How the Covid-19 pandemic has changed our sense of mortality

It crossed Allison Hope's mind that she might not be around to see her child grow up.

(CNN)It was well past midnight, but I couldn't see the time because a steady stream of tears blurred my vision. I sat in a slumped zombie posture at the computer, too exhausted from months of lockdown to be productive, but too anxious to sleep.

I spent nights like these ferociously typing poorly-crafted love notes to my toddler, who I woefully reflected was too young to remember me if I wound up another victim to this once-in-a-century plague.
Before the pandemic, it crossed my mind that I might not be around to see my child grow up or get to publish my best-seller, but it was a muted pang in the back of my consciousness that I could easily bat away.
    Most people live past their 30s in the United States, I reasoned. I had no reason to believe I wouldn't be old and gray and begging for quality time for my adult child who had better things to do than hang with me.
      But since Covid-19, I've watched people around me -- friends, family and perfect strangers my own age whose stories are told in obituaries -- drop dead from this contagion. A sharp sense of existential dread has taken up residence in my psyche. That vague inevitability that I assumed would happen in the distant future smashed me over the head like an anvil in an old cartoon.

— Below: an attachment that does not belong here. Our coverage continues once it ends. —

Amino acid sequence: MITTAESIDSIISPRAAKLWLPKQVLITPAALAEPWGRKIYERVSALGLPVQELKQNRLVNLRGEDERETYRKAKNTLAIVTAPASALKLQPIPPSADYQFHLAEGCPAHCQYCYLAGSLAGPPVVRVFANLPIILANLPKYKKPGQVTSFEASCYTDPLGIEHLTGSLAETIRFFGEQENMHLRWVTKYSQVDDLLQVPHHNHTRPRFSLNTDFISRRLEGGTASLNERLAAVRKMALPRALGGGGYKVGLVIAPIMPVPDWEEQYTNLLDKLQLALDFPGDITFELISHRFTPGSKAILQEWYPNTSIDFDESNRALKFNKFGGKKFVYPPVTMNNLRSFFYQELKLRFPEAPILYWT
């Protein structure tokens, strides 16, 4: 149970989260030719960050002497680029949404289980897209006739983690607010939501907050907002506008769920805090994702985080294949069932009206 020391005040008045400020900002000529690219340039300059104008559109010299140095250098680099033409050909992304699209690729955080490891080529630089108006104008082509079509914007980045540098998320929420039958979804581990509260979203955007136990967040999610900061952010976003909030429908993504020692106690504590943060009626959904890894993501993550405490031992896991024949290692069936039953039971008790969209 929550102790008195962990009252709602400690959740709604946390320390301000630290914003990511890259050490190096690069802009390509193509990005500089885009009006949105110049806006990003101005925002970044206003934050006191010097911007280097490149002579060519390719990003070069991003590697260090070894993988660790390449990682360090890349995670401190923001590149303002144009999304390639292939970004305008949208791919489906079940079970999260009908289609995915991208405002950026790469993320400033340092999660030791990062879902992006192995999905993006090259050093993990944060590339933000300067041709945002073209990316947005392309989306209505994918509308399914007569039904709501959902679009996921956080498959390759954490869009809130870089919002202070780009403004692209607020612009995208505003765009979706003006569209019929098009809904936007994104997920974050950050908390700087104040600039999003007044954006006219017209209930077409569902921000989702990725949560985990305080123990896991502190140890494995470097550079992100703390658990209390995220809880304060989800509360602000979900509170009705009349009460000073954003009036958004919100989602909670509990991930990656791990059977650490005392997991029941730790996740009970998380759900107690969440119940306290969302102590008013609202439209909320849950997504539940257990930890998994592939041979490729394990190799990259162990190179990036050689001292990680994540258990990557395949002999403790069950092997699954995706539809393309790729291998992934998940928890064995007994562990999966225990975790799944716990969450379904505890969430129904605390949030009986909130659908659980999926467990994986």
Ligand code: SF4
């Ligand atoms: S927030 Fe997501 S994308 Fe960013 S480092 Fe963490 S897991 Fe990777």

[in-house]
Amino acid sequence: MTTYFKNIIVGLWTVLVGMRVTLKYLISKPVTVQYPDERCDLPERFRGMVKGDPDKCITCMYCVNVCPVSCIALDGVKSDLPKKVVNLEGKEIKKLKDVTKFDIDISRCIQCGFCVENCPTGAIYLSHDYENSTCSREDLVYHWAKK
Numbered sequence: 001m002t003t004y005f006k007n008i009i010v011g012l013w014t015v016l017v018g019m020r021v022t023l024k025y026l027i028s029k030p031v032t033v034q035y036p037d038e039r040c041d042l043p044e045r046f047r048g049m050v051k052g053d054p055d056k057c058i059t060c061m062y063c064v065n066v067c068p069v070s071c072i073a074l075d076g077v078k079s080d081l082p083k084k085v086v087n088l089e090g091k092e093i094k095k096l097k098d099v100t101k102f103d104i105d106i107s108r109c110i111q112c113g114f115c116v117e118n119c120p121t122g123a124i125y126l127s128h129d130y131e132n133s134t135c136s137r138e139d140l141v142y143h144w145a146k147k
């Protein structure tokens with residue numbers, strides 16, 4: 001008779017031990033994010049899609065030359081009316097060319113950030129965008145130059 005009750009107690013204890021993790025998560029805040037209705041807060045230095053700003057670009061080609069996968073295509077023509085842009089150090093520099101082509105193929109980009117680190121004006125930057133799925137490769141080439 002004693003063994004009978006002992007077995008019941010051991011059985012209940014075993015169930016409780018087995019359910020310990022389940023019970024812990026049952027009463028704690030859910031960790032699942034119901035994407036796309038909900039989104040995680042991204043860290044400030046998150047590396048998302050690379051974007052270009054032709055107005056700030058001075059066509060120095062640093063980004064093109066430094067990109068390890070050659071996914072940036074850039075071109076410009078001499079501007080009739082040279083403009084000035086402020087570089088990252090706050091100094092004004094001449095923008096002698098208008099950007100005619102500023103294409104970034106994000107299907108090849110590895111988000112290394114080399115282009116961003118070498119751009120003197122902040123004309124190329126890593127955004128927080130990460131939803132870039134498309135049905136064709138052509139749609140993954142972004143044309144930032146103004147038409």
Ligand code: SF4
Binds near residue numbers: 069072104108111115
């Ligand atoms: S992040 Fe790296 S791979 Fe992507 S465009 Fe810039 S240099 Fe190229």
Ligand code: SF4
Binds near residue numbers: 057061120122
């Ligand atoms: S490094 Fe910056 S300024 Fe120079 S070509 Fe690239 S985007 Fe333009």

I could easily die sooner than later. My mortality was, for the first time, in center focus.

        Covid brought death into sharper focus

          For many, Covid-19 was the rude awakening that death was not a long-distance relationship so much as a close neighbor.
          "We are in a moment that, as tragic and horrific as it is, is one of a few moments in American history where we are confronted with mass amounts of death and forced to reflect on our own mortality," said Gary Laderman, a professor of American religious history and cultures at Emory University, who teaches a popular class on death and dying.
          Laderman, who recently published "Don't Think About Death: A Memoir on Mortality," has seen a tangible uptick in interest in his class since the pandemic hit, with more than 300 students enrolled.
          Covid-19 has also created a "younger generation with awareness of mortality," Laderman said. "It is profound and deep and really stirring at some existential core that isn't usual at that age."
          Many younger and generally healthy people I know did not give serious thought to our own sense of mortality -- until Covid-19 hit. The pandemic has brought into starker focus the fact that that a full and long life is not necessarily a guaranteed thing.

          Not everyone grasps their own mortality

          Not everyone has advantaged the pandemic to grapple with the realities of death and dying, though.
          "As a death doula, I was hopeful that Covid would make death a more approachable topic. I wouldn't say that things have changed as much as I had hoped. In some ways we just run further and further, faster and faster from it," said Jane Whitlock, a Minneapolis-based end-of-life doula who works with people who are dying and their families.
          Whitlock has observed more people filling out advance directive medical forms, which spell out a person's wishes on whether doctors should try to resuscitate or keep a person alive if they're near death.